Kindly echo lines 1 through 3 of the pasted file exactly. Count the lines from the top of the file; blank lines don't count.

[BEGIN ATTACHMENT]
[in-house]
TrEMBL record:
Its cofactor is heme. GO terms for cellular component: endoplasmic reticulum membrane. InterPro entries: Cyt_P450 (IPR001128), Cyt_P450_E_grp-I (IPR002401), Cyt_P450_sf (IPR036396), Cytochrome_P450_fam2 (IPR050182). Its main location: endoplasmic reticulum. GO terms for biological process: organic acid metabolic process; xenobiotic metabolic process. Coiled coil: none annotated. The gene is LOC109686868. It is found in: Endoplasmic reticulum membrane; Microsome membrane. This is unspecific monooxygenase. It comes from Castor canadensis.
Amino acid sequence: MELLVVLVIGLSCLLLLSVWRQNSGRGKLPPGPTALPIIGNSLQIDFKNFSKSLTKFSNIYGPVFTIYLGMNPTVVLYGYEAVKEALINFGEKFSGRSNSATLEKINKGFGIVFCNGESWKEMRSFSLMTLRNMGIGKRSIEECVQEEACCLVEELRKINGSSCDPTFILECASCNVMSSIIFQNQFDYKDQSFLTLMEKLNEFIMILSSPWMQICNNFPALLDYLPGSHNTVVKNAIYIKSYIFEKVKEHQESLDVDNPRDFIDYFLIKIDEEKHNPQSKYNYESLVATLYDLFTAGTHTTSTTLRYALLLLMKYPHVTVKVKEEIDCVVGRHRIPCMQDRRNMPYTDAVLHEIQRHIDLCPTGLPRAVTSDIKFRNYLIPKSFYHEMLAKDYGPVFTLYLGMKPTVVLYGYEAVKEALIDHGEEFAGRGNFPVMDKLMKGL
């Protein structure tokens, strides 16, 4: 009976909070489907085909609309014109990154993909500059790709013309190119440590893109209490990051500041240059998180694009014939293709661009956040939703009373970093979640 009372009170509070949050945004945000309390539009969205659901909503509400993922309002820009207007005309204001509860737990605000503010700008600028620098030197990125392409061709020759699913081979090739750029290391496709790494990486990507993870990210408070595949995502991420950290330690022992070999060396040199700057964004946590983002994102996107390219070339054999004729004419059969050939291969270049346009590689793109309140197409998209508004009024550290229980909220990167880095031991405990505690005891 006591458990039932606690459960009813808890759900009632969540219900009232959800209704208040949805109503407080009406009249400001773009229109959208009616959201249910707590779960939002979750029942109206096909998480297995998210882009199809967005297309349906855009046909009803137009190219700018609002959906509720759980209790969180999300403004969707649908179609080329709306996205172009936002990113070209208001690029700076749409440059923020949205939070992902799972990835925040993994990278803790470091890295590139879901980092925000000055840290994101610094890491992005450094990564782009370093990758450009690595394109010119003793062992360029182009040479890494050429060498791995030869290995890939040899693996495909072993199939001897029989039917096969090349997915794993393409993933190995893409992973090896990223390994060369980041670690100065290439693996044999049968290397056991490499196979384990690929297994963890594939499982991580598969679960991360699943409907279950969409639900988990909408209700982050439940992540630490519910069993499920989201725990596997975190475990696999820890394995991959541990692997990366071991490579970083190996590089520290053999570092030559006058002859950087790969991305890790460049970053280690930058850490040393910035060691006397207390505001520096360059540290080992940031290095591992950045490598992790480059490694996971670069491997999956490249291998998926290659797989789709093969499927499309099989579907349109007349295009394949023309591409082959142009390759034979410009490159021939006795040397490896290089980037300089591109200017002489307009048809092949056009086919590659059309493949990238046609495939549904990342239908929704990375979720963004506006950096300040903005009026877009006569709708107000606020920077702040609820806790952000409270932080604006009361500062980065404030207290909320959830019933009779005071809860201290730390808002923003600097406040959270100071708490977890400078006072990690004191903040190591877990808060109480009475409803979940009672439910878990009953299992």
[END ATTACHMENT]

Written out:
[in-house]
TrEMBL record:
Its cofactor is heme. GO terms for cellular component: endoplasmic reticulum membrane. InterPro entries: Cyt_P450 (IPR001128), Cyt_P450_E_grp-I (IPR002401), Cyt_P450_sf (IPR036396), Cytochrome_P450_fam2 (IPR050182). Its main location: endoplasmic reticulum. GO terms for biological process: organic acid metabolic process; xenobiotic metabolic process. Coiled coil: none annotated. The gene is LOC109686868. It is found in: Endoplasmic reticulum membrane; Microsome membrane. This is unspecific monooxygenase. It comes from Castor canadensis.